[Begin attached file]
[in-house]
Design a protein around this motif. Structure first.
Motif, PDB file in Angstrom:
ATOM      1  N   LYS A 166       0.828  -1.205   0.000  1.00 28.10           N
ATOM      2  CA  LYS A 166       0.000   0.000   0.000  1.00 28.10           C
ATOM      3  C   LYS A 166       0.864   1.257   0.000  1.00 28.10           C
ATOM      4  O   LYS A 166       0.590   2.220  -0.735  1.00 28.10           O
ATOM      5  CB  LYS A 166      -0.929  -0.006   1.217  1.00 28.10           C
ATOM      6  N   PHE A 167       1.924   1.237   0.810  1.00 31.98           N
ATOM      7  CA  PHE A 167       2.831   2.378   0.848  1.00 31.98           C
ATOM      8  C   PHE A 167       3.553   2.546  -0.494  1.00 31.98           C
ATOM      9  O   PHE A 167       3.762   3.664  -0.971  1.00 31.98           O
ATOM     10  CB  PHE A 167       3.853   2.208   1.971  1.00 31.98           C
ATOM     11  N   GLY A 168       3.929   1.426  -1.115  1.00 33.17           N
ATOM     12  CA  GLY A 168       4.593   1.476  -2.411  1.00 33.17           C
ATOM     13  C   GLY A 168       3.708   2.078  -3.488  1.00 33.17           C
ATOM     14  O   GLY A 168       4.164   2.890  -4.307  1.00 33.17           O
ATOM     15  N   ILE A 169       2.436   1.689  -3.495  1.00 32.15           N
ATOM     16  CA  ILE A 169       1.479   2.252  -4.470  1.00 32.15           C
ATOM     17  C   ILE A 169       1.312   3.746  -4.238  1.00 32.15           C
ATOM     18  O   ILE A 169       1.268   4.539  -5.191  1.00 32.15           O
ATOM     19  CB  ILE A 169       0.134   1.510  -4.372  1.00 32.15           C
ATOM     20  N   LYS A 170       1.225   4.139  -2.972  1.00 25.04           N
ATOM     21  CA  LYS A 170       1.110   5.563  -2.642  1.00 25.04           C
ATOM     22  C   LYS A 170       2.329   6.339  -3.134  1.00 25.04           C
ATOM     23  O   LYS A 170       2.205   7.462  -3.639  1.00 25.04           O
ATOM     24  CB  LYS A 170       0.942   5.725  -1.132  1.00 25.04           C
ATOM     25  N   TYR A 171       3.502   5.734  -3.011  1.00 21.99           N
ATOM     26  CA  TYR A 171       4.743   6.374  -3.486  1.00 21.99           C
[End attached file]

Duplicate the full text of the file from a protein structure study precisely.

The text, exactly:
[in-house]
Design a protein around this motif. Structure first.
Motif, PDB file in Angstrom:
ATOM      1  N   LYS A 166       0.828  -1.205   0.000  1.00 28.10           N
ATOM      2  CA  LYS A 166       0.000   0.000   0.000  1.00 28.10           C
ATOM      3  C   LYS A 166       0.864   1.257   0.000  1.00 28.10           C
ATOM      4  O   LYS A 166       0.590   2.220  -0.735  1.00 28.10           O
ATOM      5  CB  LYS A 166      -0.929  -0.006   1.217  1.00 28.10           C
ATOM      6  N   PHE A 167       1.924   1.237   0.810  1.00 31.98           N
ATOM      7  CA  PHE A 167       2.831   2.378   0.848  1.00 31.98           C
ATOM      8  C   PHE A 167       3.553   2.546  -0.494  1.00 31.98           C
ATOM      9  O   PHE A 167       3.762   3.664  -0.971  1.00 31.98           O
ATOM     10  CB  PHE A 167       3.853   2.208   1.971  1.00 31.98           C
ATOM     11  N   GLY A 168       3.929   1.426  -1.115  1.00 33.17           N
ATOM     12  CA  GLY A 168       4.593   1.476  -2.411  1.00 33.17           C
ATOM     13  C   GLY A 168       3.708   2.078  -3.488  1.00 33.17           C
ATOM     14  O   GLY A 168       4.164   2.890  -4.307  1.00 33.17           O
ATOM     15  N   ILE A 169       2.436   1.689  -3.495  1.00 32.15           N
ATOM     16  CA  ILE A 169       1.479   2.252  -4.470  1.00 32.15           C
ATOM     17  C   ILE A 169       1.312   3.746  -4.238  1.00 32.15           C
ATOM     18  O   ILE A 169       1.268   4.539  -5.191  1.00 32.15           O
ATOM     19  CB  ILE A 169       0.134   1.510  -4.372  1.00 32.15           C
ATOM     20  N   LYS A 170       1.225   4.139  -2.972  1.00 25.04           N
ATOM     21  CA  LYS A 170       1.110   5.563  -2.642  1.00 25.04           C
ATOM     22  C   LYS A 170       2.329   6.339  -3.134  1.00 25.04           C
ATOM     23  O   LYS A 170       2.205   7.462  -3.639  1.00 25.04           O
ATOM     24  CB  LYS A 170       0.942   5.725  -1.132  1.00 25.04           C
ATOM     25  N   TYR A 171       3.502   5.734  -3.011  1.00 21.99           N
ATOM     26  CA  TYR A 171       4.743   6.374  -3.486  1.00 21.99           C